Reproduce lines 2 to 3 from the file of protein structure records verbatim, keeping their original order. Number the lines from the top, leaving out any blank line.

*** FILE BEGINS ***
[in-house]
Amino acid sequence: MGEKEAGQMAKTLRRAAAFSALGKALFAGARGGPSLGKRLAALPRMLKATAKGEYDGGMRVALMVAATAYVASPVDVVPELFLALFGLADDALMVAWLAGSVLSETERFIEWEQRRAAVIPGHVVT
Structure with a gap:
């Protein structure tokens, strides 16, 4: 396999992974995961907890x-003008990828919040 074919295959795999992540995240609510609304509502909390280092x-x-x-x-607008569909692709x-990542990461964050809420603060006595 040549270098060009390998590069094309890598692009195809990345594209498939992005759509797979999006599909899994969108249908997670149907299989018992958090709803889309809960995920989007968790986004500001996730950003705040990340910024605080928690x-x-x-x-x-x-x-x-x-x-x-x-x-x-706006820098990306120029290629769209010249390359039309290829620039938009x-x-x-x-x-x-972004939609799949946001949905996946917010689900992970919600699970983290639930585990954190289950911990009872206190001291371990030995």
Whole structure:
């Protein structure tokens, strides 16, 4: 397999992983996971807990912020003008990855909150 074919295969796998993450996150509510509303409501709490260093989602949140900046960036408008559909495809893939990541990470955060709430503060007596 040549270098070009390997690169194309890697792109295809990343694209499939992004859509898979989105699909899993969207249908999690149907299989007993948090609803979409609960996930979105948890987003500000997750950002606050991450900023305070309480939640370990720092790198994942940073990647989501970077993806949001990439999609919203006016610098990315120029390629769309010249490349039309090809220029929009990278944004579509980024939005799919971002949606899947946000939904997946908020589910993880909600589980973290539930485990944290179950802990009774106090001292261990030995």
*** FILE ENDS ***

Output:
Amino acid sequence: MGEKEAGQMAKTLRRAAAFSALGKALFAGARGGPSLGKRLAALPRMLKATAKGEYDGGMRVALMVAATAYVASPVDVVPELFLALFGLADDALMVAWLAGSVLSETERFIEWEQRRAAVIPGHVVT
Structure with a gap: